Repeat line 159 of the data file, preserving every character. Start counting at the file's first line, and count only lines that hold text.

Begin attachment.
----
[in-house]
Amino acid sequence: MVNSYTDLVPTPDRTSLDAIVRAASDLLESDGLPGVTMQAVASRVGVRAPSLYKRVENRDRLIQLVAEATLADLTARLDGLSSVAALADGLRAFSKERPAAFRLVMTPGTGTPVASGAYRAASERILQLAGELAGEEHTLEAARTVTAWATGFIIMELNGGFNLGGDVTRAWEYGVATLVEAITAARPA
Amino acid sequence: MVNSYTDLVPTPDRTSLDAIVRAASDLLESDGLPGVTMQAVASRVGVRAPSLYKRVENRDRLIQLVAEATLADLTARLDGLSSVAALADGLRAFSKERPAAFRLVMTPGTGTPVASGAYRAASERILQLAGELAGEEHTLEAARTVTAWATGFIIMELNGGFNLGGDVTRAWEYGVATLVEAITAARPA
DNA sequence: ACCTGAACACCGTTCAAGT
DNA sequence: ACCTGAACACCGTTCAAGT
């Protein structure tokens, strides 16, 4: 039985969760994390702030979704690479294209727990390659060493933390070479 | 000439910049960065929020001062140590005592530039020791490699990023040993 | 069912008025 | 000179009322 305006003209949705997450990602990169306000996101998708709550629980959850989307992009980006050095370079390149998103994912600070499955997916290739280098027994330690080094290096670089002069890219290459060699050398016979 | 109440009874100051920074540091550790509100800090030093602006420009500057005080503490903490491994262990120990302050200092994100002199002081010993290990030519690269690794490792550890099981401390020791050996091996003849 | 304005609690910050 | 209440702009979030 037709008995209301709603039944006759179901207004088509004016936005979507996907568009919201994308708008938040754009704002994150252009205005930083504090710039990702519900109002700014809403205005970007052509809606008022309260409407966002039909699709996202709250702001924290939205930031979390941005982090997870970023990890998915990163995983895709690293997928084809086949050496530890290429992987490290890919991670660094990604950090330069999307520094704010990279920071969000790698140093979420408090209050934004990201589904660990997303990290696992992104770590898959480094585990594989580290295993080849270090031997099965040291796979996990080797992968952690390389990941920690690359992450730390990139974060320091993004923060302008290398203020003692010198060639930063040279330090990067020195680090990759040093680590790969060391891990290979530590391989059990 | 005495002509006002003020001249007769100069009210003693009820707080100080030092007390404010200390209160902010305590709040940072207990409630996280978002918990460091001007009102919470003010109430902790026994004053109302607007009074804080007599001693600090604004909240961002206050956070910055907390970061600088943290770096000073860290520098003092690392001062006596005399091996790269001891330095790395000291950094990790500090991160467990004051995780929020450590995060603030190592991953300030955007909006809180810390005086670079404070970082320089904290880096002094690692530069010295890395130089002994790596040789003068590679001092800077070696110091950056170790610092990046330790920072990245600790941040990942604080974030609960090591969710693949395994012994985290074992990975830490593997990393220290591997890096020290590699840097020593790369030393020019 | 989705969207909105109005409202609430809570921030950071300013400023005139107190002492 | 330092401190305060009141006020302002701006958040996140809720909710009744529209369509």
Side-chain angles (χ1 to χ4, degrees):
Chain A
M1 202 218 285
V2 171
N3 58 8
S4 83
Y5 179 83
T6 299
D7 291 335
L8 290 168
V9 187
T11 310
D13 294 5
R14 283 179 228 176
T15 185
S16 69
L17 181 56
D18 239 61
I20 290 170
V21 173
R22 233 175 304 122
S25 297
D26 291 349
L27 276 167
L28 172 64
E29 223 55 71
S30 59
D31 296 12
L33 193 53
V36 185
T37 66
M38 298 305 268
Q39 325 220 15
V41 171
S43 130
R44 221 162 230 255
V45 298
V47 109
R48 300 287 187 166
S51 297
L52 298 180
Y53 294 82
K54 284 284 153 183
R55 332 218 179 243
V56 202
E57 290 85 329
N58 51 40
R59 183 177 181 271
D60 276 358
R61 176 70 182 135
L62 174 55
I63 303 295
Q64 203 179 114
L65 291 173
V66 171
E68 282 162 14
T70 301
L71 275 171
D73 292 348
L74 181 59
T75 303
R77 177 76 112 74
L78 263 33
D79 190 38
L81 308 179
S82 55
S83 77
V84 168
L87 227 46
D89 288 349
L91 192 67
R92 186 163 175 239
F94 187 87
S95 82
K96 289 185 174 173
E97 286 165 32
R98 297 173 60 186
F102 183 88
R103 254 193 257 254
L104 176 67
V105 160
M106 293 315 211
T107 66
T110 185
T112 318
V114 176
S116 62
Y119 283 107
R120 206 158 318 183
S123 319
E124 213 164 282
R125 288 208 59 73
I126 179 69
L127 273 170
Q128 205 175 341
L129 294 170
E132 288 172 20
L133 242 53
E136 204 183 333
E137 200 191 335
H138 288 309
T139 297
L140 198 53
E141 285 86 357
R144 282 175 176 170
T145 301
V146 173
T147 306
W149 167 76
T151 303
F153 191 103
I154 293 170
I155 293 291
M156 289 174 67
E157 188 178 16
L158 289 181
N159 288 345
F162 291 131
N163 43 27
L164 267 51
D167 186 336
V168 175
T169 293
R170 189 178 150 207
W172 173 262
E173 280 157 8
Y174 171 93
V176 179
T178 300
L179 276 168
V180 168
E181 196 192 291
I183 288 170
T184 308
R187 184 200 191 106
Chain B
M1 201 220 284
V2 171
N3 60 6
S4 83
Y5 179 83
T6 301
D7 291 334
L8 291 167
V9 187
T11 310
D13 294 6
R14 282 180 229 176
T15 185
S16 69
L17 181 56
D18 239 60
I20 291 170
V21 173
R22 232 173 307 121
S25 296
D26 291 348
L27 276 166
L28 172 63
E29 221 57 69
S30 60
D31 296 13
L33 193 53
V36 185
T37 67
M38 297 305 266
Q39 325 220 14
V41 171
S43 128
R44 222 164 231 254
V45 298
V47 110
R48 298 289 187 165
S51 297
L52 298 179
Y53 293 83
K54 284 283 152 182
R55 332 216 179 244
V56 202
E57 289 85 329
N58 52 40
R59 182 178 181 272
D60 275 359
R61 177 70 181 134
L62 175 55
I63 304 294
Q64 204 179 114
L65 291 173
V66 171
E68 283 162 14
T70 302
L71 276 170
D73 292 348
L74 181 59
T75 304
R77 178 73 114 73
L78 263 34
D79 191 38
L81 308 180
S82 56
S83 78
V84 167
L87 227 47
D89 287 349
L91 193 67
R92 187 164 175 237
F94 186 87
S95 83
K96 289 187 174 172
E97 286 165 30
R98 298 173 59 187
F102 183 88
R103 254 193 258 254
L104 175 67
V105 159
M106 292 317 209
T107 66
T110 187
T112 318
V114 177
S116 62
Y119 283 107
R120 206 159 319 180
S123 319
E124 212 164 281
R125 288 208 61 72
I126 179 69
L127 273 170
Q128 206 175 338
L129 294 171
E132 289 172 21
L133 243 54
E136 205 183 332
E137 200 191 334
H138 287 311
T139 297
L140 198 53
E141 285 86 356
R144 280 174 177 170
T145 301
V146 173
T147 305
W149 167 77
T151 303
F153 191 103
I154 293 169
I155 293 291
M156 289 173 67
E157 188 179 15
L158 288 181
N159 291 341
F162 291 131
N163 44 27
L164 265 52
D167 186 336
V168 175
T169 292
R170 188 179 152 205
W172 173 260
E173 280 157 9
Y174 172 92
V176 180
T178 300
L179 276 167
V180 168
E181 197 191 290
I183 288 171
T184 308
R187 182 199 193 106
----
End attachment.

I20 291 170